Thought Leadership is one of the strongest buzzwords in the content marketing. When someone is considered to be a thought leader in a specific field it means that this person is thought to have a body of knowledge and authority regarding certain topics. A blog written by such person will often become an “authority blog” and people will refer to it whenever they are looking for new information regarding the specific topic that blog, or that person covers.
In this day and age when “Content is King” and “Distribution is the Queen” creating content that is relevant and interesting to your readers and that has real added value for them is key to establishing you leadership and expertise and to market your service or product.
So how do you write to become a thought leader in your field?
Establishing thought leadership is not as hard as it sounds but it does require research, time and effort. Most of the experts in the field of content marketing and writing agree that there are some common considerations you must think of:
- Define your goals first. Do you want to encourage people to buy some products? Are you a non-profit organization? Do you want to get people to donate money to your organization?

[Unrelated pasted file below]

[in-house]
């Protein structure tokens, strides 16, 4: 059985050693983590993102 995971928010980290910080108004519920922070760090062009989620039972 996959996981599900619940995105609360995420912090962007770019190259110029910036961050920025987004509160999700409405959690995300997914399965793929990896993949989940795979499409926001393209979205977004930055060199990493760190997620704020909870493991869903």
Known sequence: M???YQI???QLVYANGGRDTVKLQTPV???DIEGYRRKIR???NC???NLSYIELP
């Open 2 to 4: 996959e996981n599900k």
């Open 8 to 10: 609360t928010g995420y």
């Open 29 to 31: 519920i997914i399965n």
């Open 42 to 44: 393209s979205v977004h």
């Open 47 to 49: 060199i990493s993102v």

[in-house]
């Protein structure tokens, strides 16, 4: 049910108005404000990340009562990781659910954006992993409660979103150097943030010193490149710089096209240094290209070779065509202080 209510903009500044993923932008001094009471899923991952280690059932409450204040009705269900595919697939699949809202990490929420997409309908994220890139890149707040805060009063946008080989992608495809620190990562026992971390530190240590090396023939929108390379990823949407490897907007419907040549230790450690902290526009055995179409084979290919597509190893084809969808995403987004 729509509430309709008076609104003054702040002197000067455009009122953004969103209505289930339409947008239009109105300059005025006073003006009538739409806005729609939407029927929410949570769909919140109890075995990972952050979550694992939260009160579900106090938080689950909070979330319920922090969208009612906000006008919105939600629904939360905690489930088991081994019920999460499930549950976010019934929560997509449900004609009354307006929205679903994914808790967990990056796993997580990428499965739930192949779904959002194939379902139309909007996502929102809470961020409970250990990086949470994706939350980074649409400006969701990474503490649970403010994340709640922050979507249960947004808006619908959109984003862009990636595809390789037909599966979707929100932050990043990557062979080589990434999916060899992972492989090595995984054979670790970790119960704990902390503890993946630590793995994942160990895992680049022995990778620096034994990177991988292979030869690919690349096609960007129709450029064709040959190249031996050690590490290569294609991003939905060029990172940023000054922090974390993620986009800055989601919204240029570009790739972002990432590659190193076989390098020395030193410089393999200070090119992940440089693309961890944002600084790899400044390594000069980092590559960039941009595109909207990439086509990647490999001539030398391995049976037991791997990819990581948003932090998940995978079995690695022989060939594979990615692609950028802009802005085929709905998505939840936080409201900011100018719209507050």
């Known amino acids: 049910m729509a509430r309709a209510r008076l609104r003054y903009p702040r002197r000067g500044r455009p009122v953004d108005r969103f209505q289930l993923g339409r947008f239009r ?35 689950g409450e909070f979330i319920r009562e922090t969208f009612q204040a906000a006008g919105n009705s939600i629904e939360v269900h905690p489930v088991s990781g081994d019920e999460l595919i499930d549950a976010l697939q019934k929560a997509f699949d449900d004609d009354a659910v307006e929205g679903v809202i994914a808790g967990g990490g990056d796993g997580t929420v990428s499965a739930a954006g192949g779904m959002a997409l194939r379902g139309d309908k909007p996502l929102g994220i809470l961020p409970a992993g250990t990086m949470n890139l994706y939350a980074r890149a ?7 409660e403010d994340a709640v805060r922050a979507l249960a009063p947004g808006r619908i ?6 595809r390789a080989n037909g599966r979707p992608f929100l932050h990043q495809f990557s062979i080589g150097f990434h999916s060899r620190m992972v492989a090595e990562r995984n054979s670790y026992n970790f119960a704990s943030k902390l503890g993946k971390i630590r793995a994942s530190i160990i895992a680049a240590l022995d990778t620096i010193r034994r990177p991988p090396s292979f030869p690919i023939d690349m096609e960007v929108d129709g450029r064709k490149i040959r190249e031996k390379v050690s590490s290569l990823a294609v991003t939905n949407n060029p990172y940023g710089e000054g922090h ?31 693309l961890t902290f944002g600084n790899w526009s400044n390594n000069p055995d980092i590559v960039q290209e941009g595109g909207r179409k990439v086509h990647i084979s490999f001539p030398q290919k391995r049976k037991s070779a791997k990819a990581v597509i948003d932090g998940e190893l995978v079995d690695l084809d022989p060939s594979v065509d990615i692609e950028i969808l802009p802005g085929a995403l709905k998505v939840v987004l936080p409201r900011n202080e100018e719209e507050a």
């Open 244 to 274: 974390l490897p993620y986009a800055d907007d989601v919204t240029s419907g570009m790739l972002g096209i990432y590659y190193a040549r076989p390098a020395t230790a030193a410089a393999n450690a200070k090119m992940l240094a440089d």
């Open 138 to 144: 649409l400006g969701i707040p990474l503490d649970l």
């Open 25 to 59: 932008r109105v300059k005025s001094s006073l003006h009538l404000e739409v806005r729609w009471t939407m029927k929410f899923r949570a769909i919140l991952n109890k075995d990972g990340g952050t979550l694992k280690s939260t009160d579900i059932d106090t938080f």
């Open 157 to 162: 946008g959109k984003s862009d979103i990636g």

- Free or limited access. Based on your answers to the goals question, you should decide whether the content you provide would be offered freely to everyone (more people would see the content but you won’t know who they are) or whether it should include some form of registration first (you’ll get much lower response rates but you will be able to monitor your reader database and build your own contact list).
- Don’t (over) sell! Try not to write about your own business, products or services. The concept of thought leadership is about solving a real issue for the potential customer or answer questions they may have, thus showing that you and your company are experts and worth doing business with.
- Walk a mile in your customer’s shoes. Think like a problem-solver. Think what challenges might your clients face, what questions are relevant to them and develop content that would meet these challenges and answer their questions.
- Make the content interesting! Think about what interests you. Write about what you would like to read. Genuine content is always better than something chewed over 1000 times and forced.
- Make yourself known. Do your best to get noticed by relevant reporters, bloggers, and analysts and as soon as you have good content make sure you use the viral marketing effects and let them know this content is available. If possible, send them the direct link.
- Listen to your community! Use the feedback you get from your community to understand their needs and interests. Develop new content based on that feedback.